With the memory of the melamine pet food scare still fresh in the minds of many pet owners, a group is publicizing a new threat: potentially toxic doses of fluoride in dog food.
An Environmental Working Group analysis found concerning levels of fluoride in 8 of 10 dog foods tested. The concentration of fluoride was up to 2.5 times higher than the safe level the Environmental Protection Agency sets for drinking water (there is no standard for pet food). Together with drinking water from the tap that has been fluoridated, some puppies may be exposed at five-times the safe limit, according to Environmental Working Group -- though it must be said that the safe limits were not designed specifically for dogs.
Fluoride is a controversial substance when it comes to human health. Every major national health organization -- including the Centers for Disease Control and Prevention and the American Dental Association -- endorse the addition of fluoride to drinking water to counteract tooth decay. But there's a strong undercurrent of dissent: Some claim that fluoridation does little to help tooth health (owing to the method and timing of exposure) or worse, that it may contribute to a rare form of bone cancer found in young boys.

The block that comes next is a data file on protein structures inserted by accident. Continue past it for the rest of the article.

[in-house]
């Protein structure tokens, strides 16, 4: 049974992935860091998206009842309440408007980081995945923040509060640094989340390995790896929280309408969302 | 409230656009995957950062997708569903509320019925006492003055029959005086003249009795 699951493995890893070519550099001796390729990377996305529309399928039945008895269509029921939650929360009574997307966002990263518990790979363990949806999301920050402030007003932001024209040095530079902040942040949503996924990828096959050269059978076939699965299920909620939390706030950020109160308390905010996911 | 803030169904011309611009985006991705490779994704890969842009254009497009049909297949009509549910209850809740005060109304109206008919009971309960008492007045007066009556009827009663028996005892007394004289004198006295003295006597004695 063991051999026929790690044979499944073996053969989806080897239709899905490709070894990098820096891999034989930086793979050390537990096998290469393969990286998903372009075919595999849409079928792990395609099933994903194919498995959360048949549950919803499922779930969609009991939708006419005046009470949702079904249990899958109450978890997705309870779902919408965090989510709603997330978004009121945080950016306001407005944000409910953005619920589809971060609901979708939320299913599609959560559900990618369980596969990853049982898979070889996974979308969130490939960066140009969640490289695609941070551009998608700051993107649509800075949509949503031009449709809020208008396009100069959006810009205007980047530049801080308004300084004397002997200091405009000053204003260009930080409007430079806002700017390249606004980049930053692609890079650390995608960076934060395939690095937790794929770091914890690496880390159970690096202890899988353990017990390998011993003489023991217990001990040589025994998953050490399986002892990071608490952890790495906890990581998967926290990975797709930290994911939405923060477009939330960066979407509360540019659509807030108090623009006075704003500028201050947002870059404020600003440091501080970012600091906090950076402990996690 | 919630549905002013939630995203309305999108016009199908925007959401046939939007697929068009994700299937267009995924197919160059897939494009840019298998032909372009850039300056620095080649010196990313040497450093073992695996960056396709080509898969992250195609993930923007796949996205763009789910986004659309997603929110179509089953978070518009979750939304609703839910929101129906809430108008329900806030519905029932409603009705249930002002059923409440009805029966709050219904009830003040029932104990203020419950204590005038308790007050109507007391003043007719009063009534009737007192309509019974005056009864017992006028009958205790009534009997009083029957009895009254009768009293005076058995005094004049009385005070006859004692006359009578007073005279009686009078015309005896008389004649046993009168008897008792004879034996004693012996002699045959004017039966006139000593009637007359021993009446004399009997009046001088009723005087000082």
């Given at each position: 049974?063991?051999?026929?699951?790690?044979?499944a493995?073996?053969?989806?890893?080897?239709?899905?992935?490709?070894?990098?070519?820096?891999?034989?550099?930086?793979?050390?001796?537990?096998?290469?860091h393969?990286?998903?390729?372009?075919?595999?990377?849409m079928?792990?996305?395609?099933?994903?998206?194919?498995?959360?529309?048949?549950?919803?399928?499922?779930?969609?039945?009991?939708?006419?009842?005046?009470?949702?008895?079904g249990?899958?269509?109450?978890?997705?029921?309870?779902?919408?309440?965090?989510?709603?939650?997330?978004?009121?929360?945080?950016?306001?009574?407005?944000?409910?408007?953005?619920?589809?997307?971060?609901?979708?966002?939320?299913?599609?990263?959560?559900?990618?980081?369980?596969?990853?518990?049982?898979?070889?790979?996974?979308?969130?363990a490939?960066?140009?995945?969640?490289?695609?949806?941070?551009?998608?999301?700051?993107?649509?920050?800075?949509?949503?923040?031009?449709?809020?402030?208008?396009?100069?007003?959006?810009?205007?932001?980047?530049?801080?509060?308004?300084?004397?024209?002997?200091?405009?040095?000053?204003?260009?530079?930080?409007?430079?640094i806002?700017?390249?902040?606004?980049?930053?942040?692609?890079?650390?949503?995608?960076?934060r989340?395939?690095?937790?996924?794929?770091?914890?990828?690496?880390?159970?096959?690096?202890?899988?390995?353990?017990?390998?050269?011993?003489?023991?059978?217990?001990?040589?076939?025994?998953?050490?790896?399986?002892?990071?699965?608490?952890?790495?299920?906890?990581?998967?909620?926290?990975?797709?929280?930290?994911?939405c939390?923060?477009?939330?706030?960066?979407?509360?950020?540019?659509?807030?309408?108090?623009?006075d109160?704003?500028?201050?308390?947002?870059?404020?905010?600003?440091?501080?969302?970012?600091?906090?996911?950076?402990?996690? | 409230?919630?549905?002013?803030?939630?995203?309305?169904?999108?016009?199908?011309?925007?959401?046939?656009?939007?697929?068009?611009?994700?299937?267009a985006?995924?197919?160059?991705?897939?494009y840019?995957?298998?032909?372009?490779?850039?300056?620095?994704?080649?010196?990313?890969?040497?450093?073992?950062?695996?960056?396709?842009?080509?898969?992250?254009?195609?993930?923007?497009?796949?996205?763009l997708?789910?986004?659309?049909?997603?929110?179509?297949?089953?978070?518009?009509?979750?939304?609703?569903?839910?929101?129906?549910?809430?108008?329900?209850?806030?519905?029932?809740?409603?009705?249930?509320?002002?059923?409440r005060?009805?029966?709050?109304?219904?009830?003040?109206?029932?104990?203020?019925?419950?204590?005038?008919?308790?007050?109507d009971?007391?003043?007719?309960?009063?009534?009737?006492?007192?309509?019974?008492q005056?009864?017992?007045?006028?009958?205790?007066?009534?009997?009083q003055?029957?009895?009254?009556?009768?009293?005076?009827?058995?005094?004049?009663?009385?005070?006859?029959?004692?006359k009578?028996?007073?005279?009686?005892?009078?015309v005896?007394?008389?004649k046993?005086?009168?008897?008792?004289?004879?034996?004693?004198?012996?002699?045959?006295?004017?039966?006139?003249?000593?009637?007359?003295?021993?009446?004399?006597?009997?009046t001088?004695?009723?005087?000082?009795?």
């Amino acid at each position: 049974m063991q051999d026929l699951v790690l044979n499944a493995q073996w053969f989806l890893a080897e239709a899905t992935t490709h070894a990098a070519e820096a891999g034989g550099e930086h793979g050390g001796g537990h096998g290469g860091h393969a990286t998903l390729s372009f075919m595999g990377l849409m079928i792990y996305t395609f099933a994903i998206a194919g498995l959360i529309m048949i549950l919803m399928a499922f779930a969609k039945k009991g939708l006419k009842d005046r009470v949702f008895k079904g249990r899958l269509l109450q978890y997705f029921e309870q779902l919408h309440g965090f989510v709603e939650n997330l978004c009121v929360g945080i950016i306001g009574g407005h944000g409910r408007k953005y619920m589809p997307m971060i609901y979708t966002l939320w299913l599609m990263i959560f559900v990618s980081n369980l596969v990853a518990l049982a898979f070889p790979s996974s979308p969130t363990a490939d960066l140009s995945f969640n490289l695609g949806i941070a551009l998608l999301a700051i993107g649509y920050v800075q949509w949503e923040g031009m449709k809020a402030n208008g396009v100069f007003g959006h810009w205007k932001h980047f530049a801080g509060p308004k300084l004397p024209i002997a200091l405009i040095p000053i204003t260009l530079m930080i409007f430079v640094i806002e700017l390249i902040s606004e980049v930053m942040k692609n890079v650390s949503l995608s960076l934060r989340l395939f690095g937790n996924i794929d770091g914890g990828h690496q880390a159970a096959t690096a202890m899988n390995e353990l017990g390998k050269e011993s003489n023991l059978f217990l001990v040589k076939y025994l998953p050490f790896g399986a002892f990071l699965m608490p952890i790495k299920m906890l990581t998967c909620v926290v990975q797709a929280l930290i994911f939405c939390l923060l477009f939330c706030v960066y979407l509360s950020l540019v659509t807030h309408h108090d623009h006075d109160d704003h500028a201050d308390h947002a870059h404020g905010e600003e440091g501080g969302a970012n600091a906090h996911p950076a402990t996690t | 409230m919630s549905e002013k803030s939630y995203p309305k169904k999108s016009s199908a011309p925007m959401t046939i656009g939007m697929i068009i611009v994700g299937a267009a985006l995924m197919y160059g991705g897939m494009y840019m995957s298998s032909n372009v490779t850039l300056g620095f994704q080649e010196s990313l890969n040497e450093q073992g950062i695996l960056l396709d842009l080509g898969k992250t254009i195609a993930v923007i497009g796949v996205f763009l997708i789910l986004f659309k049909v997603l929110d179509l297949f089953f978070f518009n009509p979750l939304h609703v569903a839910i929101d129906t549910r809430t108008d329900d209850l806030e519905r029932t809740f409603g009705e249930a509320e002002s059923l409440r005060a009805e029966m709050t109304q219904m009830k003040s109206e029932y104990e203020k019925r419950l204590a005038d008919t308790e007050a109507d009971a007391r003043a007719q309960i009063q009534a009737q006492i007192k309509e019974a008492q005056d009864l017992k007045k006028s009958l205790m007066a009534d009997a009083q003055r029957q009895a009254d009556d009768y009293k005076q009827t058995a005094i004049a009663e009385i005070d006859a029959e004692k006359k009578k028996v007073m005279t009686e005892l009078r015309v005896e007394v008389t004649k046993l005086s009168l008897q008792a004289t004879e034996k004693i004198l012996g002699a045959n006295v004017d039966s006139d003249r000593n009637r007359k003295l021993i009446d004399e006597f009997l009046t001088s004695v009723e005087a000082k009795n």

Does it have positive or negative effects on dogs -- and what is the appropriate level of exposure for pets? Those are questions without clear answers.
According to the Environmental Working Group, the fluoride in dog foods originates in bone meal and animal by-products. EWG recommends choosing dog food brands free of bone meal and meat by product ingredients like chicken by-product meal, poultry by-product meal, chicken meal and beef meal. As EWG puts it: "Any ingredient described as 'animal meal' is basically ground bones, cooked with steam, dried, and mashed to make a cheap dog food filler."
For tips on what good ingredients to look for, and how to read a dog food label, see these tips at dogfoodproject.com.
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